Executives of Royal Dutch/Shell, the Anglo-Dutch oil giant, have agreed to make a huge cull of its non-executive directors – the clearest sign yet that the company will unify its two boards next year.

The boards of the two companies – Royal Dutch and Shell Transport & Trading – currently have 16 non-executives between them, far more than the average UK plc board.

The non-execs on the Royal Dutch board include some of Holland’s leading business and political figures, including Wim Kok, the country’s former prime minister. Shell Transport & Trading’s board has nine non-executives. read more

Shell unveils $15bn recovery plan

The Guardian: Shell unveils $15bn recovery plan

“The reserves scandal forced Shell’s chairman, Philip Watts, to resign, along with Walter van de Vijver, its oil and gas chief and its chief financial officer, Judy Boynton. The company was fined by the financial services authority in the UK and the securities and exchange commission (SEC) in the US.”

Mark Tran

Posted 23 Sept 2004

The Anglo-Dutch oil giant Shell today sought to draw a line under its reserves scandal by announcing plans to spend $15bn (£8.4bn) a year to replenish reserves and develop production in its oil and gas business.

The world’s third-largest oil company also said it would sell $10-$12bn of non-core businesses over three years and would look at “focused acquisitions” to create value.

“We are focused on improving our competitive position, strong cash generation and total shareholder returns,” Jeroen van der Veer, the Shell chairman, said in the group’s strategy statement. “Replacing our reserves is a priority to support future growth.” read more

Ex-Shell Chairman Challenges Watchdog over Oil Reserves Scandal

The Scotsman: Ex-Shell Chairman Challenges Watchdog over Oil Reserves Scandal

“The FSA found Shell guilty of market abuse and the Anglo-Dutch company last month agreed to pay £17 million to the FSA. (ShellNews.net)

By Phil Waller, City Staff, PA News

Posted 17 Sept 04

The former chairman of oil group Royal Dutch/Shell today challenged the City watchdog over its findings on the company’s oil reserves scandal.

In a letter to the Financial Services and Markets Tribunal, Sir Philip Watts sought permission to challenge some of the Financial Services Authority’s (FSA) findings on the reserves overstatement, which has led to Shell downgrading its proven reserves by 23%, or 4.47 billion barrels, since January.

The FSA found Shell guilty of market abuse and the Anglo-Dutch company last month agreed to pay £17 million to the FSA. read more

Vision needed to revitalise Shell

London Evening Standard: Vision needed to revitalise Shell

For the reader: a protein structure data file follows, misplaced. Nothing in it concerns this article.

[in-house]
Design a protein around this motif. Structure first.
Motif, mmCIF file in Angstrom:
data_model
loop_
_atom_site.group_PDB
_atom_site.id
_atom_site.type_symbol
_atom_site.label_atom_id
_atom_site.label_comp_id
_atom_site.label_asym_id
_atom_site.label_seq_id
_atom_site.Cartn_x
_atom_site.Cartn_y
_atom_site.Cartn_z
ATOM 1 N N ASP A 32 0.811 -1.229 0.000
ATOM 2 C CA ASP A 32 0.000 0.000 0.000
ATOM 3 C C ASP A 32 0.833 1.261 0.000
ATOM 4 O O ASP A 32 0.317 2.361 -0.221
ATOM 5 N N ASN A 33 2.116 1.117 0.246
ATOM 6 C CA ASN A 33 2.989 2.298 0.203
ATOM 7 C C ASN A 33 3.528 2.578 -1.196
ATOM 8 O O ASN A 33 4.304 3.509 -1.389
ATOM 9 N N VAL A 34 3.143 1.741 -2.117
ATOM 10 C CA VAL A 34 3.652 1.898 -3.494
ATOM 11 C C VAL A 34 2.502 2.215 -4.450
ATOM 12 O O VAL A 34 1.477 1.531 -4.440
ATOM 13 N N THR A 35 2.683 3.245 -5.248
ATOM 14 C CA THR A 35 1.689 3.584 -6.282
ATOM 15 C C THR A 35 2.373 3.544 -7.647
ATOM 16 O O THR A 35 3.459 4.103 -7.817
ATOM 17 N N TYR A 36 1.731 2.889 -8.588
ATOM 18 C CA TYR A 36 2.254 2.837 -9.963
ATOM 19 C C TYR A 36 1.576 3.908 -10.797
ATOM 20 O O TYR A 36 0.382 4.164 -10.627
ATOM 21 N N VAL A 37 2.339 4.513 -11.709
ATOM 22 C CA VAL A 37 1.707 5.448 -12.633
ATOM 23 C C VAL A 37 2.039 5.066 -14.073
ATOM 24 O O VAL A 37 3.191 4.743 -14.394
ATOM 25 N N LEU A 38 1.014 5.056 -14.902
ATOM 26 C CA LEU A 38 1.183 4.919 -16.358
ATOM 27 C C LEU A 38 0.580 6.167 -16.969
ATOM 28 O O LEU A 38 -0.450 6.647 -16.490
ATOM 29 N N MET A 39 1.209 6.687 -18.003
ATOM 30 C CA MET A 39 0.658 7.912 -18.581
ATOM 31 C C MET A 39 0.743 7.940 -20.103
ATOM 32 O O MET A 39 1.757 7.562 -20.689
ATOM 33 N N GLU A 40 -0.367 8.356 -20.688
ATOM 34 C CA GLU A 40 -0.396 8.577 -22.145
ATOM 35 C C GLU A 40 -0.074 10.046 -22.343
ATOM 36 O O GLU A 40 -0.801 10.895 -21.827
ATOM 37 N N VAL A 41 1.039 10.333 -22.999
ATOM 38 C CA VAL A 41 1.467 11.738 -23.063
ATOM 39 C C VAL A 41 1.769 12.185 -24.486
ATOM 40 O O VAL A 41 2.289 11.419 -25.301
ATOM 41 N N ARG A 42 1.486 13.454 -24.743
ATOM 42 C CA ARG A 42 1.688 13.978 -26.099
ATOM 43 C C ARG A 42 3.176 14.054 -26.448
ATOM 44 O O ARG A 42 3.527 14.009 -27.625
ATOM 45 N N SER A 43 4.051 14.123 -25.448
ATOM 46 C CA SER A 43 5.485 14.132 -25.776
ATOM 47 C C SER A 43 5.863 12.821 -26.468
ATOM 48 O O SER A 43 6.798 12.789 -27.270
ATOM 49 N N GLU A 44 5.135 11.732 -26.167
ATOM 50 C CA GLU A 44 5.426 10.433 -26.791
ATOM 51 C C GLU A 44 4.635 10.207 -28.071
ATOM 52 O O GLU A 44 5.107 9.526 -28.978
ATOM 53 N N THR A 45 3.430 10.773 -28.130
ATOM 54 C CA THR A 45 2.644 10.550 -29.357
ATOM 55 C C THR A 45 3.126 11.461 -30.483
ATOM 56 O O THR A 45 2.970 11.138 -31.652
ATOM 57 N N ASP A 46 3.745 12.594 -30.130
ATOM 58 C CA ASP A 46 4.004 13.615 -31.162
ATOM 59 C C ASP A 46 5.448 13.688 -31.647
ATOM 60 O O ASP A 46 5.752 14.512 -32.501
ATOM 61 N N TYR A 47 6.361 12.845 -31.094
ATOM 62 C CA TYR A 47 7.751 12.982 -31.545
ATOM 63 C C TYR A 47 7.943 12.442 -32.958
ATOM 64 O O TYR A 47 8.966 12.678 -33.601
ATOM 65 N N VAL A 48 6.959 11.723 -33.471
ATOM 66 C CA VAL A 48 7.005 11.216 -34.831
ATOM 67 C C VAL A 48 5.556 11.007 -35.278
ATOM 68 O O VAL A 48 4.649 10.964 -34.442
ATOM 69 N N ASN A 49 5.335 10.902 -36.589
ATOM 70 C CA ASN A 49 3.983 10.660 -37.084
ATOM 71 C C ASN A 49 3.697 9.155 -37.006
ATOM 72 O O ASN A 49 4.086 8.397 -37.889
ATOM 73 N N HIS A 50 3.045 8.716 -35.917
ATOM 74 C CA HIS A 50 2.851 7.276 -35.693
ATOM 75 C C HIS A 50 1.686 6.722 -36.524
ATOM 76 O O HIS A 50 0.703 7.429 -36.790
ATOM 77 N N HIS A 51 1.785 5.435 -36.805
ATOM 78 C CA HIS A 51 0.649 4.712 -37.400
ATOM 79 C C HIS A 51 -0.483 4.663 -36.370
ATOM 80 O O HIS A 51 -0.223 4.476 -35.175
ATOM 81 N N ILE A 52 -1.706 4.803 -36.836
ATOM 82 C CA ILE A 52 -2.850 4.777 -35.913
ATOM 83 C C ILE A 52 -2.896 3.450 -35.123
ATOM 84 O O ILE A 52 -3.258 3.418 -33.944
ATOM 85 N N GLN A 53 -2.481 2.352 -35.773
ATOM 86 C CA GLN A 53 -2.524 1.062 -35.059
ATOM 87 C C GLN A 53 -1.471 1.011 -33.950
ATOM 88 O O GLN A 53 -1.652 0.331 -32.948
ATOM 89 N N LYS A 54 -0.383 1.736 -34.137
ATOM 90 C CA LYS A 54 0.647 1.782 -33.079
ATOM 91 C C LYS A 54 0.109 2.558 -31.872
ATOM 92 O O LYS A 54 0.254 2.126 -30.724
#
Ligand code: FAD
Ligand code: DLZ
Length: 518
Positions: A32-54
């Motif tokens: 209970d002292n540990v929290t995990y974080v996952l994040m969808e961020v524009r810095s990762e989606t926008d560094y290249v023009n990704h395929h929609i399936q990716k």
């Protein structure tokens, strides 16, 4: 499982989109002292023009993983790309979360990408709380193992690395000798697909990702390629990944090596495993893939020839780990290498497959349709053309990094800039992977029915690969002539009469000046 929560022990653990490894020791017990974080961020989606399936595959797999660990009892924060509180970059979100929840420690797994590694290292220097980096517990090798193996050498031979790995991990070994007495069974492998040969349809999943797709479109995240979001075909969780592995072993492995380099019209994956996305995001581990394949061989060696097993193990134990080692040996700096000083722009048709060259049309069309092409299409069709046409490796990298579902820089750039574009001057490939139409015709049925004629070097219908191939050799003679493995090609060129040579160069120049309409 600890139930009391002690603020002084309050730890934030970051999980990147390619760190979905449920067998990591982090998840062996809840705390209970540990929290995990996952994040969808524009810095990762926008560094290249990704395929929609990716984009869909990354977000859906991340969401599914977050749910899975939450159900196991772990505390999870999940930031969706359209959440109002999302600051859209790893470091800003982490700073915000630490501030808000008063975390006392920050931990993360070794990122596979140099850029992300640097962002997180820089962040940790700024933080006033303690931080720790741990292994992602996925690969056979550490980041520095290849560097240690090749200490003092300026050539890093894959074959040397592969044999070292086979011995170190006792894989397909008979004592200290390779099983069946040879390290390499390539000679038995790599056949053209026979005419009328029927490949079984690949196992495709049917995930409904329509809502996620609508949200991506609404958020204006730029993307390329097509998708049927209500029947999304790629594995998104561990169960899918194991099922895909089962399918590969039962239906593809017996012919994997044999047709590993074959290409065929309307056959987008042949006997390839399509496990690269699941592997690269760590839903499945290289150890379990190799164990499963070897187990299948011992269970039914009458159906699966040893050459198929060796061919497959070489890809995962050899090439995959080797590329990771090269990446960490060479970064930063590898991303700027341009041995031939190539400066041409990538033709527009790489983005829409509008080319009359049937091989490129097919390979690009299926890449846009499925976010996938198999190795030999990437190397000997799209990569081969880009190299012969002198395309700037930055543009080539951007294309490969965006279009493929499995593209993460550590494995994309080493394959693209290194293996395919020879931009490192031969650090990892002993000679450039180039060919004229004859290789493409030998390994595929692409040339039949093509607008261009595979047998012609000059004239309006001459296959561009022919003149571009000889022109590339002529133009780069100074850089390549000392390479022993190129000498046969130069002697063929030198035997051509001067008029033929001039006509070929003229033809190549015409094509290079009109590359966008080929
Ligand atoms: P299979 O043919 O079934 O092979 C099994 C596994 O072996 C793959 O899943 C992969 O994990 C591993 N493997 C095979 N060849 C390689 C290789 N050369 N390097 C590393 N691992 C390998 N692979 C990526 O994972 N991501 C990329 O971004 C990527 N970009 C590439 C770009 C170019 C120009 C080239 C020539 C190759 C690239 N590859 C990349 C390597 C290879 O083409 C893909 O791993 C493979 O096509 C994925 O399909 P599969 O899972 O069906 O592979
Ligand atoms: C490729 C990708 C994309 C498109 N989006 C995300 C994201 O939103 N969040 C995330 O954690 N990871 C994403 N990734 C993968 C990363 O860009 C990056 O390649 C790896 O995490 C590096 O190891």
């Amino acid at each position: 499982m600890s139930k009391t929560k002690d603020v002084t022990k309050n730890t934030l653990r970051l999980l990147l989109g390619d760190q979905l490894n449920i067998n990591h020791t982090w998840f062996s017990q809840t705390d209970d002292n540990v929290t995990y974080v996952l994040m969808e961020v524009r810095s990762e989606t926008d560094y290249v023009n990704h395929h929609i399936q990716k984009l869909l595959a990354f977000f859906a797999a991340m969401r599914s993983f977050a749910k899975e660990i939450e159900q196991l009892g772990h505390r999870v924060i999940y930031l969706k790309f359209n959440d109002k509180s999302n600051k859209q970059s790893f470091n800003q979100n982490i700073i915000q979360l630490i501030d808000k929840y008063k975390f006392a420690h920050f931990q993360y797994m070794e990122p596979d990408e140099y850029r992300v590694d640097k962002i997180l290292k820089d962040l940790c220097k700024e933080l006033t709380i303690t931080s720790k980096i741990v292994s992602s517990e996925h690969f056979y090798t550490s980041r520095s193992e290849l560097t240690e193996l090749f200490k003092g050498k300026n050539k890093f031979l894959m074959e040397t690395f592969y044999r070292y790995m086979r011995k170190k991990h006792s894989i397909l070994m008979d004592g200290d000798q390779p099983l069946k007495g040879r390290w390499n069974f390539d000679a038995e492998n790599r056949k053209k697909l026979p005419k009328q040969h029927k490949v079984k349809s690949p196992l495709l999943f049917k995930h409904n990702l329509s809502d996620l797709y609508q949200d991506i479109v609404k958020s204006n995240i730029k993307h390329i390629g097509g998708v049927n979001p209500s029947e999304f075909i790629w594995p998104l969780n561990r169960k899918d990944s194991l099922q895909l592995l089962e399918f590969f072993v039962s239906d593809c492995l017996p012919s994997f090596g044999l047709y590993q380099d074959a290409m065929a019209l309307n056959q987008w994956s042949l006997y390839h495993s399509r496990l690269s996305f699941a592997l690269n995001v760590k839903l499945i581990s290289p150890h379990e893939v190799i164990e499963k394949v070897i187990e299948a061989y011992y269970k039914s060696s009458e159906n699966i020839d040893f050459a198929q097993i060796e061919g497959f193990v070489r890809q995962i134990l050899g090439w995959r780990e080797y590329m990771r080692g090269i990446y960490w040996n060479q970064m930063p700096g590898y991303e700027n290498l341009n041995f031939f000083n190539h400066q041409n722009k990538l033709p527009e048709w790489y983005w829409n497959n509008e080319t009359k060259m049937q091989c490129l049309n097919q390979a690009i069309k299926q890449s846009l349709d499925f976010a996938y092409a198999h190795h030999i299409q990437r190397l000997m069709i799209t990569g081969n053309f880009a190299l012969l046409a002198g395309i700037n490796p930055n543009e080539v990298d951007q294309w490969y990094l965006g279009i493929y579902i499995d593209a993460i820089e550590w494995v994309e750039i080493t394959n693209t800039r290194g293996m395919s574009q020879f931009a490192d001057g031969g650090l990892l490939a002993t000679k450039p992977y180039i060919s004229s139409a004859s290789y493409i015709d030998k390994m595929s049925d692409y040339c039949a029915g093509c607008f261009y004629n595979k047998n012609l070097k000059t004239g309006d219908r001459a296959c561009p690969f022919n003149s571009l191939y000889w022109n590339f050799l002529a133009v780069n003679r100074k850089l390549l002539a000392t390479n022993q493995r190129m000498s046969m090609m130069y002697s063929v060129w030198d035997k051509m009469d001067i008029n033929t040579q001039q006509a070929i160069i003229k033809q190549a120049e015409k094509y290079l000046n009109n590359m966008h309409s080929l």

“It is just six months since possibly the biggest post-Enron scandal erupted at Shell with the stunning admission that a group regarded as one of the most reliable in the world had lied about the health of its business.”

Steve Hawkes,

17 September 2004

SHELL chairman Jeroen van der Veer needs to give the presentation of his life next week, when he steps into the heart of the City to convince sceptics the struggling oil giant is on the way back.

After the worst year in the group’s long, proud history, van der Veer will finally spell out his vision for improving Shell’s reputation, restoring growth and, most importantly, finding more oil.

The setting is suitably ironic. Plaisterers’ Hall, one of the largest livery halls in London, is touted as reflecting the ‘grandeur of a bygone era’. Van der Veer now sorely needs to haul Shell into modern times. Deutsche Bank’s respected oil analyst JJ Traynor says: ‘The seeds of recovery are there … the right presentation could provide the catalyst.’ read more

Former Shell Chairman Appeals Censure

Forbes.com: Former Shell Chairman Appeals Censure

“The Financial Services Authority’s final notice, issued on Aug. 24, said Shell had made false or misleading announcements in relation to its hydrocarbon reserves and reserves replacement ratios between 1998 and 2003, and had made those announcements despite indications and warnings that they were false.”

Associated Press

09.16.2004

The former chairman of Royal Dutch/Shell Group, Sir Philip Watts, petitioned a British regulatory body for permission to challenge some of its findings on Shell’s oil reserves scandal.

In a letter submitted to the Financial Services and Markets Tribunal, Watts defended his actions as head of the company.

“I believe that a full and fair examination of all the facts will demonstrate that I have acted properly and in good faith at all times,” Watts said in the letter. read more

%d bloggers like this: